Monday, December 9, 2013
PORTLAND - Maine voters' top concerns -- education, energy and the economy -- were the focus of a live radio gubernatorial debate featuring all five candidates on the November ballot.
Maine’s gubernatorial candidates, from left, Eliot Cutler, Paul LePage, Libby Mitchell, Shawn Moody and Kevin Scott listen as a question is posed during The Maine Exchange at the First Parish Unitarian Church in Portland on Saturday.
Photos by Tim Greenway/Staff Photographer
Kevin Scott answers a question Saturday night during The Maine Exchange gubernatorial debate at the First Parish Unitarian Church in Portland. Candidates stuck with familiar themes a little more than a week before Election Day.
The debate, called "The Maine Exchange," was sponsored by Pierce Atwood, WGAN News Radio and MaineToday Media and held Satuyrday at the First Parish Unitarian Church on Congress Street in Portland.
Republican candidate Paul LePage, Democrat Libby Mitchell and independents Eliot Cutler, Shawn Moody and Kevin Scott all stuck to familiar campaign themes throughout the 90-minute forum.
LePage called for Maine government to partner with private businesses and relax what he called the state's adversarial attitude when it comes to enforcing regulations. Mitchell said the state needs to embrace the things it does well, such as building wind turbines, and continue to invest in infrastructure and education. Cutler said Maine needs strong education reforms and a more efficient government.
On education, LePage and Cutler both said they support creating charter schools; LePage, Cutler and Moody all said they support merit-based pay for teachers.
"We need to do more with less," Moody said.
Both Cutler and Mitchell said the lagging economy will keep the state from meeting its goal of funding 55 percent of public school costs.
"We've got to focus on what works, like early education," Mitchell said.
LePage said Maine needs to raise its educational standards and bring vocational learning back to center stage.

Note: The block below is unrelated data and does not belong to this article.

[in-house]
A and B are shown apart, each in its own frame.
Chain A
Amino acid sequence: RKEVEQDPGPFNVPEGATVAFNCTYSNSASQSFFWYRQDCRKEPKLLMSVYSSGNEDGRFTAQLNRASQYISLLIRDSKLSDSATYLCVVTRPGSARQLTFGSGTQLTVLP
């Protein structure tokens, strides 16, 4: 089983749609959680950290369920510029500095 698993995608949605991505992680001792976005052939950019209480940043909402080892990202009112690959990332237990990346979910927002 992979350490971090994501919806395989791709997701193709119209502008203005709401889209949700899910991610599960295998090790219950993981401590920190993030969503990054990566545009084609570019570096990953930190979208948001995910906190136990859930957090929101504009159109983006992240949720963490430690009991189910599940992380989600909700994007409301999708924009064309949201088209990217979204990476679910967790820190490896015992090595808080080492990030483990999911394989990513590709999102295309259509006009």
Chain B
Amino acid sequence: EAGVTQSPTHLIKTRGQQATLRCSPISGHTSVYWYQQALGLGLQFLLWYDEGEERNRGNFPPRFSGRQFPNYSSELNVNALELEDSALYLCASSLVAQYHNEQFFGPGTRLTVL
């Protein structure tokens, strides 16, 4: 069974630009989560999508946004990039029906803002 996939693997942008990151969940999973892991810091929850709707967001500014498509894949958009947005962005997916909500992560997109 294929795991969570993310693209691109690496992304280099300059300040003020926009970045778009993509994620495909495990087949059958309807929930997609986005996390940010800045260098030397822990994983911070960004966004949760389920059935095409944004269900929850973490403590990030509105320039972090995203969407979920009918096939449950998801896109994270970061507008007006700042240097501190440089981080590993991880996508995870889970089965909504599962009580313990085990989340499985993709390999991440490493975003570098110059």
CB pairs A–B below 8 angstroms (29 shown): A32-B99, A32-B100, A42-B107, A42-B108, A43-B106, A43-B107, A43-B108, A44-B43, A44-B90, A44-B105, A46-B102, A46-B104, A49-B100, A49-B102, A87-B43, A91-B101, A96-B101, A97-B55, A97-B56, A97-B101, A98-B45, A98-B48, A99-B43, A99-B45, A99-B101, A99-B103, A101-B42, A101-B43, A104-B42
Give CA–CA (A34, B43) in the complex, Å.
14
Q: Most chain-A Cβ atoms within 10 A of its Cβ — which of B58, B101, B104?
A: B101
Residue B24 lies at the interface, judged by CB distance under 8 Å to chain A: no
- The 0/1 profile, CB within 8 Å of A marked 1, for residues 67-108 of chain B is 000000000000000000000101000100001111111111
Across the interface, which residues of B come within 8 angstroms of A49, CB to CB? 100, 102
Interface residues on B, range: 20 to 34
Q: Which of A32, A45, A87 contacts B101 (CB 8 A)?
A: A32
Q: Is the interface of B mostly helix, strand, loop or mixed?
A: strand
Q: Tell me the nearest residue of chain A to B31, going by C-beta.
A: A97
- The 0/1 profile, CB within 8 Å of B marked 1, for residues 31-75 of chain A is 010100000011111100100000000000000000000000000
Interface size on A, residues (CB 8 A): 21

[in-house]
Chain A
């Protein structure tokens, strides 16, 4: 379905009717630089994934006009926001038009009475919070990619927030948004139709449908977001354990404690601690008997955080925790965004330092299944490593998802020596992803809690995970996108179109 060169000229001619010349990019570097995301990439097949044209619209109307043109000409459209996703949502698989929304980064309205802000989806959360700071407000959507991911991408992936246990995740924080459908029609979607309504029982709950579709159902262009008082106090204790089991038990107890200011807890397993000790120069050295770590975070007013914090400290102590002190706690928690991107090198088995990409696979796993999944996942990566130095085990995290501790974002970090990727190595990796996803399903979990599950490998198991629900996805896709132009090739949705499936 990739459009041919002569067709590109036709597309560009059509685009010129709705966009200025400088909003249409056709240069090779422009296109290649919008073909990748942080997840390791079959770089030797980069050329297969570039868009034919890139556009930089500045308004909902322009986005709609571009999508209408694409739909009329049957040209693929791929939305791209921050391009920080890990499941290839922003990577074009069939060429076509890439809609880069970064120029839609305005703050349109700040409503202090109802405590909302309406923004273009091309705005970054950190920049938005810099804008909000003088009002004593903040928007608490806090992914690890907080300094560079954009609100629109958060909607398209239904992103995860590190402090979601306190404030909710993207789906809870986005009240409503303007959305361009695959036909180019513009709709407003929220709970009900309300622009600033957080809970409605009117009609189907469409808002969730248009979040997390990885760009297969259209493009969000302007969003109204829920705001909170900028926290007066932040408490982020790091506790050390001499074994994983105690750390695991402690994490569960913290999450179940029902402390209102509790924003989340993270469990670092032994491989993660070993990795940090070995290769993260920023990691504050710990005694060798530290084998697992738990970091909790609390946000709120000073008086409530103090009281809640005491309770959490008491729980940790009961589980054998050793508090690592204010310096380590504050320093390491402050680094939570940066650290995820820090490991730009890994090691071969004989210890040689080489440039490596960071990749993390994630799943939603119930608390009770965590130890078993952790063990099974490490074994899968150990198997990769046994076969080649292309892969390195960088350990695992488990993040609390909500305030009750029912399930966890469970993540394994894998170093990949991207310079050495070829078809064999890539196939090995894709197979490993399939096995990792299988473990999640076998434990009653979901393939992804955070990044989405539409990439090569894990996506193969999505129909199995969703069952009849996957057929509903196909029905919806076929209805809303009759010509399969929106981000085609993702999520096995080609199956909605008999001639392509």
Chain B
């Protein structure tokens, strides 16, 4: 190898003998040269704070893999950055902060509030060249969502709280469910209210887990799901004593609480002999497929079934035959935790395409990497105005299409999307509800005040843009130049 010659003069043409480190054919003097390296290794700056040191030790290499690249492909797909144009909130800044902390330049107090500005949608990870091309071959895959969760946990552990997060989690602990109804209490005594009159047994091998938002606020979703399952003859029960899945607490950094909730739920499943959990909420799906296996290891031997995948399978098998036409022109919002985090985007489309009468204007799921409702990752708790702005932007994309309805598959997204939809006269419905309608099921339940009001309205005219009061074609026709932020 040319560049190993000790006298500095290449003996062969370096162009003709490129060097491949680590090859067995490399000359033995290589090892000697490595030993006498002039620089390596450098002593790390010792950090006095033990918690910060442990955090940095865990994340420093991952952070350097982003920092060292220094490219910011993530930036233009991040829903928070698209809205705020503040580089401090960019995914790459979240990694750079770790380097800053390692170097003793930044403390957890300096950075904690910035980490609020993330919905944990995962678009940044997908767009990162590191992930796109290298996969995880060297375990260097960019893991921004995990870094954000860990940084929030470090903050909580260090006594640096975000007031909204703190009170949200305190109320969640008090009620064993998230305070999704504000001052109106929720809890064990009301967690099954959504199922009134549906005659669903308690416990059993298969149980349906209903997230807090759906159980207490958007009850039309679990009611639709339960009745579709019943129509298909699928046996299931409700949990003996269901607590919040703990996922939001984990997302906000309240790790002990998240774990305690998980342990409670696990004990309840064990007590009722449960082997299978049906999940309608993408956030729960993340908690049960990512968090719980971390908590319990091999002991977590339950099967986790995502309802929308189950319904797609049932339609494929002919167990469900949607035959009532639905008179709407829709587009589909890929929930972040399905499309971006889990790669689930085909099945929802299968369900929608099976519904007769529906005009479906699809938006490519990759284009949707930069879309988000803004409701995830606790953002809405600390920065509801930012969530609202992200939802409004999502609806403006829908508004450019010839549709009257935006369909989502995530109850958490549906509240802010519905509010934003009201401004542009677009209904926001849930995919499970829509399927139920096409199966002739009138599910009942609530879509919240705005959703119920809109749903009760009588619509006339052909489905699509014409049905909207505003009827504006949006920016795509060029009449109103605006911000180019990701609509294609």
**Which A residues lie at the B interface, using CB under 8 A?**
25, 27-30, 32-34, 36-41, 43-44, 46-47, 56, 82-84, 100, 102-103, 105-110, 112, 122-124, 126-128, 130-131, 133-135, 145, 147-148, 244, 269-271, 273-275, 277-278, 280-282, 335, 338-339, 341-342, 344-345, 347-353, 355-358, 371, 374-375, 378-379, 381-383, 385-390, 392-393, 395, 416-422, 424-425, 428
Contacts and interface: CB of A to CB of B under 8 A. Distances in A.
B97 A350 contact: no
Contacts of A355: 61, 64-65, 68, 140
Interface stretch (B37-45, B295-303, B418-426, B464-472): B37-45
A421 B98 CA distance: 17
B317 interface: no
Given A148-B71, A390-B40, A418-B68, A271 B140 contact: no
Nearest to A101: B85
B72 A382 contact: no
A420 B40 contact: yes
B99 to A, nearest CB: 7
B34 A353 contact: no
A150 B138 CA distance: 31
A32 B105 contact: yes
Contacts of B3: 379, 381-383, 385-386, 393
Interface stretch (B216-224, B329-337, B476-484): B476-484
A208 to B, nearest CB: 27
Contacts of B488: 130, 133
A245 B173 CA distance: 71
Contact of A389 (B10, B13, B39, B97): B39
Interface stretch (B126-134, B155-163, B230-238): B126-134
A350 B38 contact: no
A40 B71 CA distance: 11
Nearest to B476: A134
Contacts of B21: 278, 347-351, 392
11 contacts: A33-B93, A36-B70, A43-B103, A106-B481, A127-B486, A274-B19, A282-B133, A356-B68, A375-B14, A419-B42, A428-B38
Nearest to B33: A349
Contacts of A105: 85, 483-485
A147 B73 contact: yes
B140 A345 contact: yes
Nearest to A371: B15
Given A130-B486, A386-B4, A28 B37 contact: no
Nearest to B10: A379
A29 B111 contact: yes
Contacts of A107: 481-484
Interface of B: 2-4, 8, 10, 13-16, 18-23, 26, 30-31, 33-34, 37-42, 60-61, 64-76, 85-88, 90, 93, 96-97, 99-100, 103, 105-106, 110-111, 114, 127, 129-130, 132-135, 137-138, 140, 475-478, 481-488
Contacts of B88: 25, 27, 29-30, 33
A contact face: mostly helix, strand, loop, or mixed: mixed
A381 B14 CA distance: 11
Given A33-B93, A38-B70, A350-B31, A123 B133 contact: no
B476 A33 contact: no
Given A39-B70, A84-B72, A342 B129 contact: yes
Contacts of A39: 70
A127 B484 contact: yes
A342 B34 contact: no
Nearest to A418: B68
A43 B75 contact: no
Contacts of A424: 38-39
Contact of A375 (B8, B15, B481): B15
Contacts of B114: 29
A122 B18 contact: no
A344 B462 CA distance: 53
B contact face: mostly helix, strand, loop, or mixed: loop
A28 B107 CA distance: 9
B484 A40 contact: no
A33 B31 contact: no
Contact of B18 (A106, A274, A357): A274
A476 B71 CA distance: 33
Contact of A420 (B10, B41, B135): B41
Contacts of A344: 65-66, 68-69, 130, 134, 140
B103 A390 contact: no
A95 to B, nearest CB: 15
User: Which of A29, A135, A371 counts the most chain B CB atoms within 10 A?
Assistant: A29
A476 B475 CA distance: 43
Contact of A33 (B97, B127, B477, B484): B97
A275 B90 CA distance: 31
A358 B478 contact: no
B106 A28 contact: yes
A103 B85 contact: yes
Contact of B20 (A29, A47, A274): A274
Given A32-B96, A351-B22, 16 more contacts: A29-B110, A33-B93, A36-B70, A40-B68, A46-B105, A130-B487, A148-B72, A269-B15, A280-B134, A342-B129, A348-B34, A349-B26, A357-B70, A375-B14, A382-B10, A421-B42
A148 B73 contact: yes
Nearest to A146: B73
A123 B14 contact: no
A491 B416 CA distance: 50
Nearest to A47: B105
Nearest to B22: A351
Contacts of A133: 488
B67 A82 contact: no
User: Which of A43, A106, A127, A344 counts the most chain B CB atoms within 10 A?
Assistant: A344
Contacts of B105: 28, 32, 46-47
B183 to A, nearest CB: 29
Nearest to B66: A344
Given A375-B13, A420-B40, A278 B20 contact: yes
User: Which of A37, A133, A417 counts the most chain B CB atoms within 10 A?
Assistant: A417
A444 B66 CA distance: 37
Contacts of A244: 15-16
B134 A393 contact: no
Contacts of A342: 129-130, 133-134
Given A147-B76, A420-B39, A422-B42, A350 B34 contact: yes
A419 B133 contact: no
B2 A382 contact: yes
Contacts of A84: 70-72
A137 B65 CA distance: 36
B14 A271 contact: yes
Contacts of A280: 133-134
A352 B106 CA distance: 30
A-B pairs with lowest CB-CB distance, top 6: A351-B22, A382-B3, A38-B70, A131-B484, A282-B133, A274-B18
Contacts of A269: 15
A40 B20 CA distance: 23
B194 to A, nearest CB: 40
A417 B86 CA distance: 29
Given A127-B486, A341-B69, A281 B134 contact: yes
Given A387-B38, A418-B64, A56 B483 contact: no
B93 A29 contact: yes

"Our standards have eroded. We've dumbed down our standards," he said. "We need to find the interest level of our children and get them interested in something. We also need to broaden our curriculum base."
All the candidates seemed to agree that Maine needs to diversify its energy sources to help keep future costs down.
Mitchell said expanding natural gas access would be an intermediate solution and that she is open to discussions aimed at striking a deal with Quebec for cheaper hydroelectricity.
Maine should look to develop its wood pellet industry, Scott said.
"We have 5.5 million acres of sustainable forests here in Maine," he said. "We have a thriving, vibrant wood pellet industry. If you want to talk about efficiency, it's wood pellets. That's a chance to grow an industry here in Maine."
Cutler again pitched his idea for creating an energy finance authority.
"It's five people sitting around a table who have access to cheap capital," he said.
LePage said he would support efforts to make offshore wind and tidal power commercially viable, but said they are not at that point now.
"You can't say you are going to use wind to lower the cost of energy at the current time; it simply doesn't work," he said.
Candidates were also asked about Mainers' pessimistic economic outlook.
"The programs of the last 35 years simply are not working," LePage said. "It's time to reverse direction. It's time to unleash the job creators and partner with the private sector."
Cutler said he was struck by the state's beauty as he was flying up to Norridgewock to campaign earlier in the day, and that he has faith things can turn around.
"We need to stop administering tough rules, which we need ... in a stupid way," he said.
Mitchell, who was accused by LePage of thinking things in Maine are "hunky-dory," said she's not wearing rose-colored glasses.
"We have a lot of work to do," she said.
MaineToday Media State House Writer Rebekah Metzler can be contacted at 620-7016 or at: firstname.lastname@example.org
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A packed house watches The Maine Exchange debate Saturday, which focused on education, energy and economic issues.